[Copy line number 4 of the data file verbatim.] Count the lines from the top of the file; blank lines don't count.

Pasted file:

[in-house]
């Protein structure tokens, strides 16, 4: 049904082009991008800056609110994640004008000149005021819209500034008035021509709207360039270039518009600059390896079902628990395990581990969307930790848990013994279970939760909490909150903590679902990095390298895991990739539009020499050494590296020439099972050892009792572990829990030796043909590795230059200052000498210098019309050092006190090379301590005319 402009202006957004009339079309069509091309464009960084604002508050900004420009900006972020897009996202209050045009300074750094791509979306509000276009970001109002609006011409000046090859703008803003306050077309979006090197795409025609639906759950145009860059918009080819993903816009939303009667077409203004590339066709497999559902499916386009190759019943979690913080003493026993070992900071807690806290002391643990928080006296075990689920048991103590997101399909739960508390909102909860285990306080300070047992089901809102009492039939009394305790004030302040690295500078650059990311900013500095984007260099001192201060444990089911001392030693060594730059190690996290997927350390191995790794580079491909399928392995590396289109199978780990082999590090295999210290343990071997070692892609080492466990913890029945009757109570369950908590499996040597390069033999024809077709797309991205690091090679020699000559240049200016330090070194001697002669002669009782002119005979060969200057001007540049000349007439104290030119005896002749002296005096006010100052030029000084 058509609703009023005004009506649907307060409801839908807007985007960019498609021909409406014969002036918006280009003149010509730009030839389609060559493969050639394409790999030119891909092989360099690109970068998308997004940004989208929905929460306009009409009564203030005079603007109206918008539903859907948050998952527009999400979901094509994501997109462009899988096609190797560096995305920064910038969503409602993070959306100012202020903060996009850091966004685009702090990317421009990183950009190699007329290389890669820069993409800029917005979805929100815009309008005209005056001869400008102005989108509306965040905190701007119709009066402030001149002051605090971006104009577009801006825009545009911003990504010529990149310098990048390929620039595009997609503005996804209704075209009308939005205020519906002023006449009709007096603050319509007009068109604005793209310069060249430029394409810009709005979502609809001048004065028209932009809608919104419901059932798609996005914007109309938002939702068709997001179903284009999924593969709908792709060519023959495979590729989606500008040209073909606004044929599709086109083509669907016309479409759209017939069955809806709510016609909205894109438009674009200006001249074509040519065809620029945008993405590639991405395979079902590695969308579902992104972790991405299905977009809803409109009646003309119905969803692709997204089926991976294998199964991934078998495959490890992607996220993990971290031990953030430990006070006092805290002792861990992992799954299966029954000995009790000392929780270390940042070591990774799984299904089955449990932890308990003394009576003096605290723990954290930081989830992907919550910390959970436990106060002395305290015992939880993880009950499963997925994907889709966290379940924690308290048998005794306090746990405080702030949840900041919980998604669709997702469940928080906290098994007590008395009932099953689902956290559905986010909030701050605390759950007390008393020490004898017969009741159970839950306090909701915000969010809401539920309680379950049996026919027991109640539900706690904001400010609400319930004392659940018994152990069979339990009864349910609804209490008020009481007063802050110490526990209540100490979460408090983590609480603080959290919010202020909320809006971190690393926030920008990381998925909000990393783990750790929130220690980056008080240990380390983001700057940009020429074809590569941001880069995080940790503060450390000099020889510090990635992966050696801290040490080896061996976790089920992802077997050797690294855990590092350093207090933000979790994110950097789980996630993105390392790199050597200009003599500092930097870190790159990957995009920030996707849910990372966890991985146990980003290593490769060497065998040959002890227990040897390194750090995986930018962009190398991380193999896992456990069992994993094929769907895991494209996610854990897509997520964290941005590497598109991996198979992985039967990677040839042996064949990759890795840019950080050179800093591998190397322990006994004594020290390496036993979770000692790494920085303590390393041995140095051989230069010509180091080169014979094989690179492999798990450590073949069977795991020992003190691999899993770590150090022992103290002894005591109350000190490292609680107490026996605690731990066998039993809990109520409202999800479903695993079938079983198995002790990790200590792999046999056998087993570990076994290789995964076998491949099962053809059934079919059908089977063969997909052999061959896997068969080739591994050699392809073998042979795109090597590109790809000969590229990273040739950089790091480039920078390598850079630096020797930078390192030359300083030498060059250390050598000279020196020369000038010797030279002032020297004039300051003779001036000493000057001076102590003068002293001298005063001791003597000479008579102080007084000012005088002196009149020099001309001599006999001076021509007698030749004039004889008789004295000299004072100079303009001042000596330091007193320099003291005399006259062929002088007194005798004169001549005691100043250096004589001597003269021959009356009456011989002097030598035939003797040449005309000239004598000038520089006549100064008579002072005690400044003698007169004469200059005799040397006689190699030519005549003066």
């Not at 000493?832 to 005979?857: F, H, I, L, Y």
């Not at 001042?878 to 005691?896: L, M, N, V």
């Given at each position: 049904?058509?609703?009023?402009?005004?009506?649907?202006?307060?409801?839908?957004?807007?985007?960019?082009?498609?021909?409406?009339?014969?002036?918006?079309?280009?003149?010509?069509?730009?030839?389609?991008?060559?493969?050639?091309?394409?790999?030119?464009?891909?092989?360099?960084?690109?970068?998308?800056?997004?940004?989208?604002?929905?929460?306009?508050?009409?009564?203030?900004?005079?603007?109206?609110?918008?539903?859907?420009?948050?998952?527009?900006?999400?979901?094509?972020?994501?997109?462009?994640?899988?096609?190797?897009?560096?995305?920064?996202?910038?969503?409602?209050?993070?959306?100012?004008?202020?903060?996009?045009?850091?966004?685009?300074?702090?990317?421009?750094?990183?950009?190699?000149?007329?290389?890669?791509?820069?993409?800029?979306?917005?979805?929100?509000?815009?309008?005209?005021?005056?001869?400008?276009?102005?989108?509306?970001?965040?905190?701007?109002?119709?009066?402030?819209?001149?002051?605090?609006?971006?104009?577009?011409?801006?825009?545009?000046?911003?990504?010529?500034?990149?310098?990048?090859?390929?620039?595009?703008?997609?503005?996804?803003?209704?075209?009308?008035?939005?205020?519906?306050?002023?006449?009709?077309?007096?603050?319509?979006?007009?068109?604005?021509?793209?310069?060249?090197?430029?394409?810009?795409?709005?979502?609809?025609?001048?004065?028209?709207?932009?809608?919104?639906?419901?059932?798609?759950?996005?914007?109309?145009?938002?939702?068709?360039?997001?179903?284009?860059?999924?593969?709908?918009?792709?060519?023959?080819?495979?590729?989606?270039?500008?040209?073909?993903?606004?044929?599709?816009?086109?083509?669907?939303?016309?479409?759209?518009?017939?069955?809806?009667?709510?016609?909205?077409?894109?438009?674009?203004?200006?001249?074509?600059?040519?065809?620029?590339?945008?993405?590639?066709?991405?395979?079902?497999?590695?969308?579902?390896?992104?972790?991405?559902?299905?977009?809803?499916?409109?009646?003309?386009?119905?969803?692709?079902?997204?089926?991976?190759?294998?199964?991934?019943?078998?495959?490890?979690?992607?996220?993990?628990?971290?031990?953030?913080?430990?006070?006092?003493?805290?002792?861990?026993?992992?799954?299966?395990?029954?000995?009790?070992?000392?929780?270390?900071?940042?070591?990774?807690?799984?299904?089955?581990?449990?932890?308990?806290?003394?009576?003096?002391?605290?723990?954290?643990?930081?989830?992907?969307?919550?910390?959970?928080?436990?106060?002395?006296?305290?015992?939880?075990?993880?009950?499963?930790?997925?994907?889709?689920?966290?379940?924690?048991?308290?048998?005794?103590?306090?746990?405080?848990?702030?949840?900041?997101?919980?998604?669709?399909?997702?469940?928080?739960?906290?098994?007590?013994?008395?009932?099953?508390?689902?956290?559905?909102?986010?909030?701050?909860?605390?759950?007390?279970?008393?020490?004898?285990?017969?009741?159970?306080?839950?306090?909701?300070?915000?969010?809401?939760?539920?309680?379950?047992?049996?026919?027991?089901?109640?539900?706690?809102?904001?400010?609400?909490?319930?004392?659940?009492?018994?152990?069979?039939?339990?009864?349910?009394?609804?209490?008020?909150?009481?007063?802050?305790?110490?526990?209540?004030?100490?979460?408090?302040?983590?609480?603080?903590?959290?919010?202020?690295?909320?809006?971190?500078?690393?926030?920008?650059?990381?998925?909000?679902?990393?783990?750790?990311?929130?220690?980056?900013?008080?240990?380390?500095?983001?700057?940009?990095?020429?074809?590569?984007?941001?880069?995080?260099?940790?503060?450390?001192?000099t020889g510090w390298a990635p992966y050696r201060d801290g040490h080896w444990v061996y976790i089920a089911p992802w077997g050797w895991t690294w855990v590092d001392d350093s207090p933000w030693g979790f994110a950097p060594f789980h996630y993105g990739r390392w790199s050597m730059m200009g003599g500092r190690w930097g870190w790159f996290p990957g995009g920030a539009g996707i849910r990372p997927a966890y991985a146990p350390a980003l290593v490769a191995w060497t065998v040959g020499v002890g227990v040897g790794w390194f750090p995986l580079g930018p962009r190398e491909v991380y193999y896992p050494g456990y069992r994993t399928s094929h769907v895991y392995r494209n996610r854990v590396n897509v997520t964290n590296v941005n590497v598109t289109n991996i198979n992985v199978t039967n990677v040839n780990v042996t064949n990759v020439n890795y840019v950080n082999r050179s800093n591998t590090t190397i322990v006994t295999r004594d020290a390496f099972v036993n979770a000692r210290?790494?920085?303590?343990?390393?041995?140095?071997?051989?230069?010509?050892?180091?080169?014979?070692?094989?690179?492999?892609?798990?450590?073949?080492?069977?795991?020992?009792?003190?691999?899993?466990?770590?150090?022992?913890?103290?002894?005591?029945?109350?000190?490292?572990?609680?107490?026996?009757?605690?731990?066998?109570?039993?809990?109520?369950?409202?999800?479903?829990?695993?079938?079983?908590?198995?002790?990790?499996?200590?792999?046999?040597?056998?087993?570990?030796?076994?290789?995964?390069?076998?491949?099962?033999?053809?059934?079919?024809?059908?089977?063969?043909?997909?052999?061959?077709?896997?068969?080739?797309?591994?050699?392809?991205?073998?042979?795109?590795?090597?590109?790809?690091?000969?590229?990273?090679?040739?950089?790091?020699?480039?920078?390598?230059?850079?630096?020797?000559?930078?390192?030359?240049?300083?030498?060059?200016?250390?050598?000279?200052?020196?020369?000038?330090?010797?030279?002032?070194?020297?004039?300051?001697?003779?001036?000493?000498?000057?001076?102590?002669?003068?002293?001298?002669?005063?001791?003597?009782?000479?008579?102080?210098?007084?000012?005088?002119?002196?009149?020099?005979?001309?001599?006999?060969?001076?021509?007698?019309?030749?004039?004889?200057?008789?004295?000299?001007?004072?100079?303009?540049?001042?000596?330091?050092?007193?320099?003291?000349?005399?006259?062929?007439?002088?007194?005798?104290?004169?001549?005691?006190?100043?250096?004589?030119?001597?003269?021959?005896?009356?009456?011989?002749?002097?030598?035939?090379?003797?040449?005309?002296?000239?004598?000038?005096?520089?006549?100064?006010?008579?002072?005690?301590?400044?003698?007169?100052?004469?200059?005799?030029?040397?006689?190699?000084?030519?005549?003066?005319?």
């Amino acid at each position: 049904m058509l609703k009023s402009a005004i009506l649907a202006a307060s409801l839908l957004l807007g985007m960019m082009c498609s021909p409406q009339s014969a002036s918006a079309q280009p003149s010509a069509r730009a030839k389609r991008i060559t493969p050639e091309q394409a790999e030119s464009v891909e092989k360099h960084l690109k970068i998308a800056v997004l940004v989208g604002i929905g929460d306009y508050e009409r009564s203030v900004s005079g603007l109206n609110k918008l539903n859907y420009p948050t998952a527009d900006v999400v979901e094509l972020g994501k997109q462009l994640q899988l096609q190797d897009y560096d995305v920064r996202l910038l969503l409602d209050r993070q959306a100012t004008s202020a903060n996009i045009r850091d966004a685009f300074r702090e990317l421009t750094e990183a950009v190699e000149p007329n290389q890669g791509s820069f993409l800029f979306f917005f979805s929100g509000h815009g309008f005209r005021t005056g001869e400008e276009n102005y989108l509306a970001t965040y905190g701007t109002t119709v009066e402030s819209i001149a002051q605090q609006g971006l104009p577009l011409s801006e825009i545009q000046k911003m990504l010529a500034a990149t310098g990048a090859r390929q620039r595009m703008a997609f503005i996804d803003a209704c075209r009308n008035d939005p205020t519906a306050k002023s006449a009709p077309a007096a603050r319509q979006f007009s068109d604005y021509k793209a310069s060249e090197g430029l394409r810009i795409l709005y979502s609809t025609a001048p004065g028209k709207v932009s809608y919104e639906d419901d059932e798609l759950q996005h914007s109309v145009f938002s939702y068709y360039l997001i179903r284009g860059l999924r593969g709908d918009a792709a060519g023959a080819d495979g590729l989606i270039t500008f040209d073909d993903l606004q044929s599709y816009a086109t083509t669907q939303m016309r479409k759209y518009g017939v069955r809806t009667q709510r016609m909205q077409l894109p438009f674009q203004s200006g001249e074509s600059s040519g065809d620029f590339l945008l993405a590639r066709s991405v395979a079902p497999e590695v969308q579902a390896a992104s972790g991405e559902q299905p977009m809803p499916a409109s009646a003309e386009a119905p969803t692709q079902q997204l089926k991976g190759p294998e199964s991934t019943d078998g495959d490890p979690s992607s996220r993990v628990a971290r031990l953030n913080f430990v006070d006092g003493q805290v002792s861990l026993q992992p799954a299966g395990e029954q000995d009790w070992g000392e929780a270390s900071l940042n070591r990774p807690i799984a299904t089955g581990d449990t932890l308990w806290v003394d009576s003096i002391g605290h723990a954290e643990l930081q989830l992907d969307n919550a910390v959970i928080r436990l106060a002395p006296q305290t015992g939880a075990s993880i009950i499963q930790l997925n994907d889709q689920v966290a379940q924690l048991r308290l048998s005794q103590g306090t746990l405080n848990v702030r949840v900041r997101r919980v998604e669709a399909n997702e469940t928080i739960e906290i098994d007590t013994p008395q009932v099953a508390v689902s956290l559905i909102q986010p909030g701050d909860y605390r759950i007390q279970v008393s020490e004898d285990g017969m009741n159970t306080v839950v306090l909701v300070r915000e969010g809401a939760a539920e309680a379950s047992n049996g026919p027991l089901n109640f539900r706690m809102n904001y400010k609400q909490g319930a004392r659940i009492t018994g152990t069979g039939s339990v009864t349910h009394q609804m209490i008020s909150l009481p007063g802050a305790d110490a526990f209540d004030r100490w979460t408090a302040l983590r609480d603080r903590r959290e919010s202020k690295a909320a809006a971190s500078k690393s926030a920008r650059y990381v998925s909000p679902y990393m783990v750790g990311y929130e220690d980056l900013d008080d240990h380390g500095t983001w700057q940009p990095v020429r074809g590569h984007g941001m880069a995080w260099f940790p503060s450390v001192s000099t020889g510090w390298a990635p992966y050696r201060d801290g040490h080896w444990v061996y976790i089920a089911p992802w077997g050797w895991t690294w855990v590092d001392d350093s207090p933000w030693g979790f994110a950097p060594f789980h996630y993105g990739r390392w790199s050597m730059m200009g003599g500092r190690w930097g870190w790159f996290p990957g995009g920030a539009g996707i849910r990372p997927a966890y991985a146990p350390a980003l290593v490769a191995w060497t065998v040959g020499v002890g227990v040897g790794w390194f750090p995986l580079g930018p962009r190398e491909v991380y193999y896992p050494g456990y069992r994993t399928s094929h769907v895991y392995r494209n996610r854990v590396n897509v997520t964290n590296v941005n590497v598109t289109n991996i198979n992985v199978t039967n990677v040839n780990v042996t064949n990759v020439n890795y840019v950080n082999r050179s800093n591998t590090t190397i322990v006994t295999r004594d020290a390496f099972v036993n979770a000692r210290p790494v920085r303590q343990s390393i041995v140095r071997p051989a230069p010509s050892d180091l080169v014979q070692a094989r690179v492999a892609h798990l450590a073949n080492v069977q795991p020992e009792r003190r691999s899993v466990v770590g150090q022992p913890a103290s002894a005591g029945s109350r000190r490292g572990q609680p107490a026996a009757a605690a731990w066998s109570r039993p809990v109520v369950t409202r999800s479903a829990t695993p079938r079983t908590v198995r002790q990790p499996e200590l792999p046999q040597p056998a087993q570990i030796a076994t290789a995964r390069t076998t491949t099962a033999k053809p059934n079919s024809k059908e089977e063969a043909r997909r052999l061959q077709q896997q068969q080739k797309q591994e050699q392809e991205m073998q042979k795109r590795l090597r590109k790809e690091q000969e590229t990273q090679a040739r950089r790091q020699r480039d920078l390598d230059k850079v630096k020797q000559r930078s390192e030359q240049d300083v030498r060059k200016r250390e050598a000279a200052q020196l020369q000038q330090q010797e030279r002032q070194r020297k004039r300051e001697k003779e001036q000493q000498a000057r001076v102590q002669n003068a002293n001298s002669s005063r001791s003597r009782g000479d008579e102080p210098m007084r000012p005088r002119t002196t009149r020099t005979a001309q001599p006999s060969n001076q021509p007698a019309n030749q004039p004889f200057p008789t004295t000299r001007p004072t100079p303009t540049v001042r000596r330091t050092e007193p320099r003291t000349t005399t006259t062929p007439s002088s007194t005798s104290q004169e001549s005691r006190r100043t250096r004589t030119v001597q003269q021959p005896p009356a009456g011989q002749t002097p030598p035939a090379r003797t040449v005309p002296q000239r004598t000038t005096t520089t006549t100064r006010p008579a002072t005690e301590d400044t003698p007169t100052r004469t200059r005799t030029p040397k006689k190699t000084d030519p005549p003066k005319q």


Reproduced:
């Not at 001042?878 to 005691?896: L, M, N, V």